In short, it has been abysmal. A lot of people have lost faith in the British government after their worrying response to the pandemic. Let’s start with communication. It has been terrible. What has been missing is clear, transparent, and easy-to-understand-and-interpret information for the public, delivered in a consistent, regular, and timely manner. In my opinion, this should be a given for any administration governing a country. Secondly, inadequate response to the situation has highlighted how woefully unprepared our country has been for dealing with pandemics and natural disasters such as COVID-19. Thirdly, it has shed the light on the crumbling and overstretched health care system. I could go on.
However, what the pandemic has shown is that our country could not cope without key workers: those who have often been seen at the bottom of the ladder, but whom each and every person in our country depends upon. Week after week, the nation would come out of their homes at 8 PM on a Thursday to ‘clap for carers’ and ‘clap for key workers’ — a symbol of the nation’s gratitude to those who risk their lives to look after us all, and a warning for the government to make sure these people are valued and respected, before we lose them.
What has been the most challenging thing about navigating the pandemic for you personally?
Having lost my mum to cancer in November 2019, it was still very early days after her death when we were plunged into lockdown in March 2020. Prior to this, getting out of the house to meet friends and family had been a lifeline and some much-needed time away and distraction from my grief. But when lockdown came, I was essentially locked in, with nowhere to go to vent. And I am one of the lucky ones. At least I have a nice house, a garden, and views of the fields outside of my window, which so, so many people don’t have. Imagine how isolating and tough it was for them.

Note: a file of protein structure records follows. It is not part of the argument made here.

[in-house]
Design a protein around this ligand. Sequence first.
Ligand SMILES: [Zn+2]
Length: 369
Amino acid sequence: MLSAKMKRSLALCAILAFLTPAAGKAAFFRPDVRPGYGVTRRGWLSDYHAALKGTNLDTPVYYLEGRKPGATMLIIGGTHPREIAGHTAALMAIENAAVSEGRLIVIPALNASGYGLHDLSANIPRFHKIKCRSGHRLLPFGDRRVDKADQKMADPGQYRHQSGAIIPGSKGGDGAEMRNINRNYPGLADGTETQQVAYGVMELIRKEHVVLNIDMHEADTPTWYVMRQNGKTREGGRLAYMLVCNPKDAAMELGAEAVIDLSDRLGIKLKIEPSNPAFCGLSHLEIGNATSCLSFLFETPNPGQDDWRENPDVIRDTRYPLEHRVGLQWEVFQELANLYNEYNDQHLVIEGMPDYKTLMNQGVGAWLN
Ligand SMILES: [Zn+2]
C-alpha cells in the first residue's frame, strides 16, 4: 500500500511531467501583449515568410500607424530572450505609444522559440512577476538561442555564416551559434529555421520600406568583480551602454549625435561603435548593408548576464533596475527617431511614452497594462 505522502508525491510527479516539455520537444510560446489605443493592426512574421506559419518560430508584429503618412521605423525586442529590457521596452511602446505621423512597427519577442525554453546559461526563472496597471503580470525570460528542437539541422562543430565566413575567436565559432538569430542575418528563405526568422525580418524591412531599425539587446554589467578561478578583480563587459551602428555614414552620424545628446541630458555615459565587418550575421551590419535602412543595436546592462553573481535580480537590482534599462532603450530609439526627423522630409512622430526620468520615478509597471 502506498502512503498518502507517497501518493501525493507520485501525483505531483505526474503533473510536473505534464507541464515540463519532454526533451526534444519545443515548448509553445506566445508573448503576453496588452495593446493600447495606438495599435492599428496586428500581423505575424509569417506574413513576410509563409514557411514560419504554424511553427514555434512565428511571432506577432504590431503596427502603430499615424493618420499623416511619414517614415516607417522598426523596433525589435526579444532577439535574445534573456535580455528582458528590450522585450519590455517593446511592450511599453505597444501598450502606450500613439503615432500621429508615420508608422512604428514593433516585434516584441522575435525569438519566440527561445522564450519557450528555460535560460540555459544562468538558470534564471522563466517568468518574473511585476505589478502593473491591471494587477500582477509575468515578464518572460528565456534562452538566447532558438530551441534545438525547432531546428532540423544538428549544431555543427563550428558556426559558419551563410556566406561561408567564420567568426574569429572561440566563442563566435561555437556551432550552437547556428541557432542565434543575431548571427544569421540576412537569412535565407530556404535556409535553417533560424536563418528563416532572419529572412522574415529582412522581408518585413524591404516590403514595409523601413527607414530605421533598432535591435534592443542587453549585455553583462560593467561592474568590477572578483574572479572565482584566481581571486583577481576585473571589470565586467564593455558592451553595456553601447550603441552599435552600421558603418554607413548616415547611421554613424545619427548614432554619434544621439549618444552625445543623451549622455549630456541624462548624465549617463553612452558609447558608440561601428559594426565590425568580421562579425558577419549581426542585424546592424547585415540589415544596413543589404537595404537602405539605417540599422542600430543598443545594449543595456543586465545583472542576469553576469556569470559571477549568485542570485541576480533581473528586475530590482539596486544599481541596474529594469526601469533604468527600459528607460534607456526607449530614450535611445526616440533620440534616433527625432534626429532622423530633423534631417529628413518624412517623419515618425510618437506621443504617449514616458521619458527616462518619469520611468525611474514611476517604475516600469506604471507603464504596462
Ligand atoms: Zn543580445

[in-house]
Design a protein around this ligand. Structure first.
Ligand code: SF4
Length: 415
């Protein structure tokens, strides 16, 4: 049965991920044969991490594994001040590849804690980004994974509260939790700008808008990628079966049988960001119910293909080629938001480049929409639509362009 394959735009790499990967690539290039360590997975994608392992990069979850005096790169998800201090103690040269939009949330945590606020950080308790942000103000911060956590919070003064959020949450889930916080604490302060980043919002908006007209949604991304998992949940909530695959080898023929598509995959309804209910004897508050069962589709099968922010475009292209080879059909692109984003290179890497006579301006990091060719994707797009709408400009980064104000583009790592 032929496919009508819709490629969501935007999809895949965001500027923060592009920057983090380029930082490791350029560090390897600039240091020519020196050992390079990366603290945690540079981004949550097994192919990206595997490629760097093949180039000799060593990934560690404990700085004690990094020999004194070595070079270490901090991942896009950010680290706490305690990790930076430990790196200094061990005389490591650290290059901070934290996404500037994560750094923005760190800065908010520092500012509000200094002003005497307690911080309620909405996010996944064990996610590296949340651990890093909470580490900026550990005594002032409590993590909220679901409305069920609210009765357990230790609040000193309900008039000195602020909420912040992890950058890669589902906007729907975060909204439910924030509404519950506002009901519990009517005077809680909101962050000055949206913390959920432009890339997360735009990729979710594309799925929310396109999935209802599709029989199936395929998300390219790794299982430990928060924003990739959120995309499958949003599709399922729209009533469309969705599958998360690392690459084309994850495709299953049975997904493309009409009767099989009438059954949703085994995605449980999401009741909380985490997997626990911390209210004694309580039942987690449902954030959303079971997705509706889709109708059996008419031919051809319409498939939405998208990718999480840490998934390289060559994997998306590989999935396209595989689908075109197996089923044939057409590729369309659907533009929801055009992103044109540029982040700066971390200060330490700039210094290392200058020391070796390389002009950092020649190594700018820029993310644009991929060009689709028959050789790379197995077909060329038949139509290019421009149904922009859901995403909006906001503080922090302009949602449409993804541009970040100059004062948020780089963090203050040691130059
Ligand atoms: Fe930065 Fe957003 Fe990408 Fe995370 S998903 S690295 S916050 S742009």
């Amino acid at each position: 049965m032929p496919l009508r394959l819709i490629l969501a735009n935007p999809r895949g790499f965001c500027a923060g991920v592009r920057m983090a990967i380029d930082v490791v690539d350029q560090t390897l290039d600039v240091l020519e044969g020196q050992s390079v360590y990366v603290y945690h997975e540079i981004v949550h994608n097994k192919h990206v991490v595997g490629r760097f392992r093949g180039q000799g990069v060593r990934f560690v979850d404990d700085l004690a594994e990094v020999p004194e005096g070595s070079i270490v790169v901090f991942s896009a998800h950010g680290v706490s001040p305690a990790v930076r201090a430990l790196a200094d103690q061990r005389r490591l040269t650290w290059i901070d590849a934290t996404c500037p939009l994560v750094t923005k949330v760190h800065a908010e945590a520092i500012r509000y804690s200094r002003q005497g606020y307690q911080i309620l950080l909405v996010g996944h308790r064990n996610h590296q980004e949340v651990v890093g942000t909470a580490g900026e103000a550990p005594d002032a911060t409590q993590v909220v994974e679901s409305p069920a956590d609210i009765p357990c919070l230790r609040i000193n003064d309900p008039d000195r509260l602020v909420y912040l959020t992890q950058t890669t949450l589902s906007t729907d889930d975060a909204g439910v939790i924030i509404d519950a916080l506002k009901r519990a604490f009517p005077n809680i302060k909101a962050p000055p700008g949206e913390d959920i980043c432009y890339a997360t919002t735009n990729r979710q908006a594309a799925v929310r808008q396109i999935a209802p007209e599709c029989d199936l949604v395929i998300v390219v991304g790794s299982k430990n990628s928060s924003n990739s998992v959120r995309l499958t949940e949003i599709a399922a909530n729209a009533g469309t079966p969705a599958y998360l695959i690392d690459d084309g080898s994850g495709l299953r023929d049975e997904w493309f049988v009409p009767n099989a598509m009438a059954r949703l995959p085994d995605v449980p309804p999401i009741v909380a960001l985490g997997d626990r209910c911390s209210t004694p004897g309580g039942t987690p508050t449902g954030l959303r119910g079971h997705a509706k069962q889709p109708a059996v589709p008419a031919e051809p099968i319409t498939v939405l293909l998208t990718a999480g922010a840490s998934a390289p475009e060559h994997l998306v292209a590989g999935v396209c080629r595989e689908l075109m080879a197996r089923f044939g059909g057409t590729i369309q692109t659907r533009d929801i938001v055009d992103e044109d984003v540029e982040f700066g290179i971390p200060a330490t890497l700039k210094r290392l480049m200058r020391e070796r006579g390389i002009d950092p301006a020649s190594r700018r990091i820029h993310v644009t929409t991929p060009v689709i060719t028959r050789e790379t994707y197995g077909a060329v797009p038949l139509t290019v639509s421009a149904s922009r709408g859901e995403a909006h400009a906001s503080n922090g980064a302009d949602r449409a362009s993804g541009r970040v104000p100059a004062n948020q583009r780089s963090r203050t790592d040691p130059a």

Have you experienced anything positive or any surprising upsides during the pandemic?
The pandemic has, in one sense, enabled me to reset myself, and adjust my way of life. I have learned to slow down and think more about looking after myself. I have made time to self-care. I even made the time to transform my garden, which is something I have been trying to do for a while, but just never had the time. I now have a little oasis to enjoy.
If you could go back to January 2020, what would you tell your future self?
I would have said this regardless of the pandemic, to be fair: You never know what is around the corner. Live for today, take nothing for granted, and remember you have so many things to be thankful for.
Check Out More Patient Perspectives in Our COVID-19 Time Capsule
- Alice from Wellington, New Zealand
- Cecilia from Santiago, Chile
- Chantelle from Massachusetts in the United States
- Eileen from Vancouver in Canada
- Jed from Missouri in the United States
- Kasey from Brisbane, Australia
- Padiki from Accra, Ghana
- Sheryl from Singapore